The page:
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Since Dec,01,1998

©1998 By barybary




 Other Reissue 

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original Tracks list ( Vee jay LP 1014) re-issue tracks list (Vee jay FHCY 1009-10) ( 2 CD set)

1. AWFUL MEAN ** 6:27 (P. Chambers)
5:14 (S. Lewis - Kienner)
6:13 (P. Chambers)

CD 1

Track 1 to 6 , same as LP 1014
7. SHADES OF BLUES ** 6:56 (unknow)


1. THERE IS NO GREATER LOVE ** 8:16 (I. Jones M. Symes)
2. EASE IT * 5:40 (P. Chambers)
3. I GOT RHYTHM * 6:24 (G. Gershwin)

CD 2 ( all takes previously unissued )

1. JUST FRIENDS * 7:30 take 6
6:05 take 2
3. to 5. DEAR ANN **
Cannonball out

6. I HEARD THAT ** 9:30 Take 4
7. I HEARD THAT ** 9:10 Take 8
8. I HEARD THAT ** 9:14 Take 1

9. AWFUL MEAN ** 9:20 Take 4

Recording session ; * NYC , february 2 1959 .**NYC , february 3 1959

*Wynton Kelly, "Philly Joe" Jones and Julian "Cannonball" Adderley appear through the courtesy of Riverside Records.

"The most talented new bassist to enter the jazz scene in recent years. That is the opinion of critics and jazz men alike and offered by the time Paul Chambers was barely twenty-one. Born Paul Lawrence Dunbar Chambers, Jr. in Pittsburgh, in 1935, he started his professional career when only fourteen, playing baritone horn and tuba around Detroit with Kenny Burrell and other combos.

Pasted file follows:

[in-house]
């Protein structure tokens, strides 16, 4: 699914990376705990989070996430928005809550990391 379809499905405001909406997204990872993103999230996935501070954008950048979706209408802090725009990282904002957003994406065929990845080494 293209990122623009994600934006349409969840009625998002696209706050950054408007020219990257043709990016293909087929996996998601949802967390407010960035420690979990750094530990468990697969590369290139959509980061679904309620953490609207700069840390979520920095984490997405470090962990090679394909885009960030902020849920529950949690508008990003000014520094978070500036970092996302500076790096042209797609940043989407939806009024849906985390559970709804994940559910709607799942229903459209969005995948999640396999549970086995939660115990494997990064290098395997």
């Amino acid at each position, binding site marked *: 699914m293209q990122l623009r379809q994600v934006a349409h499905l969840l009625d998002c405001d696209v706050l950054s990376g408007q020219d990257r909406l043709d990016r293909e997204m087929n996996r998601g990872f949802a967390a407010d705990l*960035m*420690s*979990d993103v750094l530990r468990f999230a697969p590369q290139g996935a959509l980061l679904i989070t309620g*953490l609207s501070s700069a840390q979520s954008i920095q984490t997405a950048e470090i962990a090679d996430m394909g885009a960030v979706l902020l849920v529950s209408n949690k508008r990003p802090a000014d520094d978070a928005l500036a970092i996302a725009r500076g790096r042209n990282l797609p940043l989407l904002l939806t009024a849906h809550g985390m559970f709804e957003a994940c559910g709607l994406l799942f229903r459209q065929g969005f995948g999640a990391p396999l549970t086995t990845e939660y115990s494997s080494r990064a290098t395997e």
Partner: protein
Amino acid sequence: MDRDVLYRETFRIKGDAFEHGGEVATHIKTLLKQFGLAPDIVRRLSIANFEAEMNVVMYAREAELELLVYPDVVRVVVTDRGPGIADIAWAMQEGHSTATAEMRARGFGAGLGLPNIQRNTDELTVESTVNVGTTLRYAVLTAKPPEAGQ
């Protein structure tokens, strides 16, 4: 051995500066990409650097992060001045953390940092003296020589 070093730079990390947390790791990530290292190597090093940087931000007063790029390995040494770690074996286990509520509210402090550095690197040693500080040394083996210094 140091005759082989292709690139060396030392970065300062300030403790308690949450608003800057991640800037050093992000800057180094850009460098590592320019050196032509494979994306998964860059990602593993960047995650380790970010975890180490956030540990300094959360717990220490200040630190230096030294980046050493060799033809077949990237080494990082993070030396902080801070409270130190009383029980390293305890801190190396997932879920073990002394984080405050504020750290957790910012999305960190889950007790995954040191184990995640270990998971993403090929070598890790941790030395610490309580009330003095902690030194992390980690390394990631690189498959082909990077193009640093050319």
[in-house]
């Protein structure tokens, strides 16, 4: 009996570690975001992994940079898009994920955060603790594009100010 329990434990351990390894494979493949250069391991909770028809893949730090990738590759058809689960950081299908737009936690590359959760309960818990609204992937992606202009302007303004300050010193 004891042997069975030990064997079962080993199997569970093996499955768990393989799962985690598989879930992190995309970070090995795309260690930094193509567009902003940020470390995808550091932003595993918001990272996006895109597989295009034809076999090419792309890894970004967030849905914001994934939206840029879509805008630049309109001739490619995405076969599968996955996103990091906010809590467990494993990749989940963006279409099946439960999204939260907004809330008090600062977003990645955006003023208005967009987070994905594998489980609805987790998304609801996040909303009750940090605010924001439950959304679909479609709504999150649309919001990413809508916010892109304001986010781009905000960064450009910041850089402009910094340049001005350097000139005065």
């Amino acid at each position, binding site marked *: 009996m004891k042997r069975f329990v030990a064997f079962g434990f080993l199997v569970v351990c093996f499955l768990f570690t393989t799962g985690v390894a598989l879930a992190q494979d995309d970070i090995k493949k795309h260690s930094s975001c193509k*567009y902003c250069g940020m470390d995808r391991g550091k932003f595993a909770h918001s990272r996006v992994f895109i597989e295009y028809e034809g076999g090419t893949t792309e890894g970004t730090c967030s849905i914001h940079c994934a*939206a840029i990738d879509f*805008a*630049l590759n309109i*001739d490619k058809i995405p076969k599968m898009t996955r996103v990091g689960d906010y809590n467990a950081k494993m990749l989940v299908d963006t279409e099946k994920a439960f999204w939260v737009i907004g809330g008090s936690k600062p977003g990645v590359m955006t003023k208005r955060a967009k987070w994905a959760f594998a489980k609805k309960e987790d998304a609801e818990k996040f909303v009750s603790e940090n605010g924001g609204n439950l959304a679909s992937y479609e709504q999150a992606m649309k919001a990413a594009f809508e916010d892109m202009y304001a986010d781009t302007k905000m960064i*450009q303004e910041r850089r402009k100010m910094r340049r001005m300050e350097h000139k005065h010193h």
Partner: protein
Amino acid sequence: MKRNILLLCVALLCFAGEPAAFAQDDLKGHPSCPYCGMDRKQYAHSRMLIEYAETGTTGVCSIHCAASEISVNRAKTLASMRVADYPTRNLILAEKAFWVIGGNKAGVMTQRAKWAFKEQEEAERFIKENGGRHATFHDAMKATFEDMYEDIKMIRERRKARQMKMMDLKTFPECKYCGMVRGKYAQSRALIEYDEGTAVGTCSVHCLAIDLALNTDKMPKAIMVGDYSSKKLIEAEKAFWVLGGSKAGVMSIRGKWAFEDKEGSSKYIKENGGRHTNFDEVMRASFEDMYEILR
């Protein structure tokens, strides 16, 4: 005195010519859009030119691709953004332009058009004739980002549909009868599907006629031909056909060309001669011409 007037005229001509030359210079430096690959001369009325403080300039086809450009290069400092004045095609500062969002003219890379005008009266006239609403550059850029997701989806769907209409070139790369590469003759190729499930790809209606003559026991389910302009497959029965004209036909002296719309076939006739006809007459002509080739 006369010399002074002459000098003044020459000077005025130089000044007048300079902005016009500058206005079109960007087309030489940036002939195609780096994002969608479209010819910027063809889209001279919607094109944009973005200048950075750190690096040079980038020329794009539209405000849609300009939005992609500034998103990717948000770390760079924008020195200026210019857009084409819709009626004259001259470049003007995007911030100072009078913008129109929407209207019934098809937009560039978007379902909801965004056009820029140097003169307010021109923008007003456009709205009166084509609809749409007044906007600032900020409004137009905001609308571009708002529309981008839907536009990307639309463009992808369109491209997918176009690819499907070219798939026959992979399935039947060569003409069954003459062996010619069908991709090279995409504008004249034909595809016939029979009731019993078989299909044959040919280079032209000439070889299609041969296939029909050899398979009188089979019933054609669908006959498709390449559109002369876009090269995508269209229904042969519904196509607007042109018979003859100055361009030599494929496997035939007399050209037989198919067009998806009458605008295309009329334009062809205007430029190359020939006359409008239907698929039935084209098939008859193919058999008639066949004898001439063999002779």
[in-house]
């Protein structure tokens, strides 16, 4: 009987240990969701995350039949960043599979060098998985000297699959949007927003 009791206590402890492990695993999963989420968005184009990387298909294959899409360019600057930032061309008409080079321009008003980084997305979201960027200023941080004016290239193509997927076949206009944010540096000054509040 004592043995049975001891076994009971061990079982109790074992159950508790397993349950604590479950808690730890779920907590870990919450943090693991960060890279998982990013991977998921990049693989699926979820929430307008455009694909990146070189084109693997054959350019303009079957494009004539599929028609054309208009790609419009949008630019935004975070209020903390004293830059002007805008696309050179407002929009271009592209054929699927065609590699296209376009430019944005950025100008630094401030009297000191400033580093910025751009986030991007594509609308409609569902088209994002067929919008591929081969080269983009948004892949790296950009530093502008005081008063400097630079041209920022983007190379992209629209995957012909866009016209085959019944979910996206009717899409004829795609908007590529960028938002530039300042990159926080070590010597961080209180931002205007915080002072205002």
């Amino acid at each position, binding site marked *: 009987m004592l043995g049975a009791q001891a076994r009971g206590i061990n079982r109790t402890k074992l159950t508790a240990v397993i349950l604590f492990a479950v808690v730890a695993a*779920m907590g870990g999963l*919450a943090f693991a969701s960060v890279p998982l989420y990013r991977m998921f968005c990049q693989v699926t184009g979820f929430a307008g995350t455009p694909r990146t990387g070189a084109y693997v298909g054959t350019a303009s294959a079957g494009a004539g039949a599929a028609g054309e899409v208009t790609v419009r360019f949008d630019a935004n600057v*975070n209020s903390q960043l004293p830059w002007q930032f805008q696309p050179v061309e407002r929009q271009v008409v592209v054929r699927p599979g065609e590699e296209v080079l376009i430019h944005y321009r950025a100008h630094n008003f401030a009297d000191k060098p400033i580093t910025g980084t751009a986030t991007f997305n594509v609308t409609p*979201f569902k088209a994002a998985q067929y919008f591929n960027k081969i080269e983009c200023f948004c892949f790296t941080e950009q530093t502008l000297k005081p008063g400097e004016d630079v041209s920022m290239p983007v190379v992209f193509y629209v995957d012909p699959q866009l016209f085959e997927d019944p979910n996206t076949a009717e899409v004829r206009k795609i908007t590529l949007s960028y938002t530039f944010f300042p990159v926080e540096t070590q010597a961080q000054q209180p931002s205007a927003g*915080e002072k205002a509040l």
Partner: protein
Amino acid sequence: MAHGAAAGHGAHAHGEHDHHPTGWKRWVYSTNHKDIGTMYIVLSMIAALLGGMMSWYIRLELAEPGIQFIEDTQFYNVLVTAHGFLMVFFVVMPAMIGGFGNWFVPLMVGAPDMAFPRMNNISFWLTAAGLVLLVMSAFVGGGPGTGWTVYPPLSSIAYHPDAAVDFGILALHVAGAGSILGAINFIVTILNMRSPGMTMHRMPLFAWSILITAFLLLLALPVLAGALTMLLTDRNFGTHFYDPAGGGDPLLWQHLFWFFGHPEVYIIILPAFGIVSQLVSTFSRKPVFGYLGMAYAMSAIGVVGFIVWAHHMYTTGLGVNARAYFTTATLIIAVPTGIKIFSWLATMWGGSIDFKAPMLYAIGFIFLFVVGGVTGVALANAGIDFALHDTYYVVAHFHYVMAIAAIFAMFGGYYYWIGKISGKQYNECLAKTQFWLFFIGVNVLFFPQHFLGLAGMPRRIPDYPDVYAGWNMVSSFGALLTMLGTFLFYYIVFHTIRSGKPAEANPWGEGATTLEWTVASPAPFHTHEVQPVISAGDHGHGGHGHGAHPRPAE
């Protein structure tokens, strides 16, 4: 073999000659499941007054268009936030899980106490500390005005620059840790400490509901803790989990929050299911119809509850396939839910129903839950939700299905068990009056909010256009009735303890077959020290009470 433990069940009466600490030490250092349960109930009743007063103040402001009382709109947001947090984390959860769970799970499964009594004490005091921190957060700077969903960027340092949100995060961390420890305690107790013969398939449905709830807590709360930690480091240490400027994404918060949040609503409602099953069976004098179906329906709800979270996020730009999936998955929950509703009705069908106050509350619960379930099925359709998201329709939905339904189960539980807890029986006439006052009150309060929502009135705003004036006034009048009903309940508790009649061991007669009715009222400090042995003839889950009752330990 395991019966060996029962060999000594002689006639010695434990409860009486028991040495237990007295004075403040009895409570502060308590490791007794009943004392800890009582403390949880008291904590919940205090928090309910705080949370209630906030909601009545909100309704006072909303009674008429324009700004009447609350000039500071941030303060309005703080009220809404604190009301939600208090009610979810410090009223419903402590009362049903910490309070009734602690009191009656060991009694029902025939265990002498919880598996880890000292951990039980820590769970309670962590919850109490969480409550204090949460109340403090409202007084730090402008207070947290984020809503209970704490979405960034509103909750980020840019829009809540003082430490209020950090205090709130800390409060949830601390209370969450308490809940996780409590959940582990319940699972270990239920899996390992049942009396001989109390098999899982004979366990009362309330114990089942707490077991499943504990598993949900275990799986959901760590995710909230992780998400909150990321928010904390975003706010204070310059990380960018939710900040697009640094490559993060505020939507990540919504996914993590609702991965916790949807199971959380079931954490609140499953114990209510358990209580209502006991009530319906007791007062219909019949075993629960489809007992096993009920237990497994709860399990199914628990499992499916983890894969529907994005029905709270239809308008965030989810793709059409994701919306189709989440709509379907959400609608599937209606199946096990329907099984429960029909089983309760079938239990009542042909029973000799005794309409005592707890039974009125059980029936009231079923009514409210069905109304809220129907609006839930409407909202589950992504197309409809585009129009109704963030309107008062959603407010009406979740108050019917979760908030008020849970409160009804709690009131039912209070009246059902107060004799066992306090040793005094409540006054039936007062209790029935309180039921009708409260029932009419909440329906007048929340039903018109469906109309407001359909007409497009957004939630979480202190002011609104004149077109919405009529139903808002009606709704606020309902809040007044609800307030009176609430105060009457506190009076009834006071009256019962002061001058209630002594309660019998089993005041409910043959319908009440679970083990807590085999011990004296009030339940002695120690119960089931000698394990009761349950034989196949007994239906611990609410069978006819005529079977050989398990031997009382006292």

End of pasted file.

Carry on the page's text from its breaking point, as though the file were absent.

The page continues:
He left Detroit with "The vice-Prez"-Paul Quinichette, and worked with him for about eight months. Subsequently, in 1955, he was heard with the combos of Benny Green, Joe Roland, J. J. Johnson and Kai Winding, George Wallington, and Miles Davis with whom he played through most of 1956. His favorite bassists are ex.Elling- tonian the late Jimmy Blanton; and cellist-bassist Oscar Pettiford.

Alto saxophonist Julian "Cannonball" Adderley is also proficient on tenor, clarinet, flute and trumpet. Such versatility between reed and brass instruments, though not too common, lies in the fact that he studied brass and reed instruments in high school in Tallahassee from 1944 to 1948... at which time he formed his first jazz group. Upon graduation he became band director at Dillard High School in Ft. Lauderdale. During this time (from 1948 - 1950) he also had his own jazz group in south Florida. He became leader of the 36th Army Dance Band while serving in the Army from 1950 - '52; led another Army band at Ft. Knox from '52 - '53. "Cannonball" first attracted attention in the musical "pro" circuit when he sat in with Oscar Pettiford at Cafe Bohemia in New York City in the summer of 1955; and almost immediately was signed by one of the major jazz labels. In the spring of '56 he and his brother Nat started touring with their own combo.

The nickname "Cannonball" evolved from "Cannibal" - a name given him by high school colleagues in tribute to his vast eating capacity. His favorite alto-saxophonists are the late Charlie Parker and Benny Carter - so it's not surprising that he sounds much like the former on up-tempo numbers and like Carter on ballads. With his advent on the professional scene he was considered the outstanding new alto saxophonist by musicians and critics alike; and since then has gleaned a following that is legion.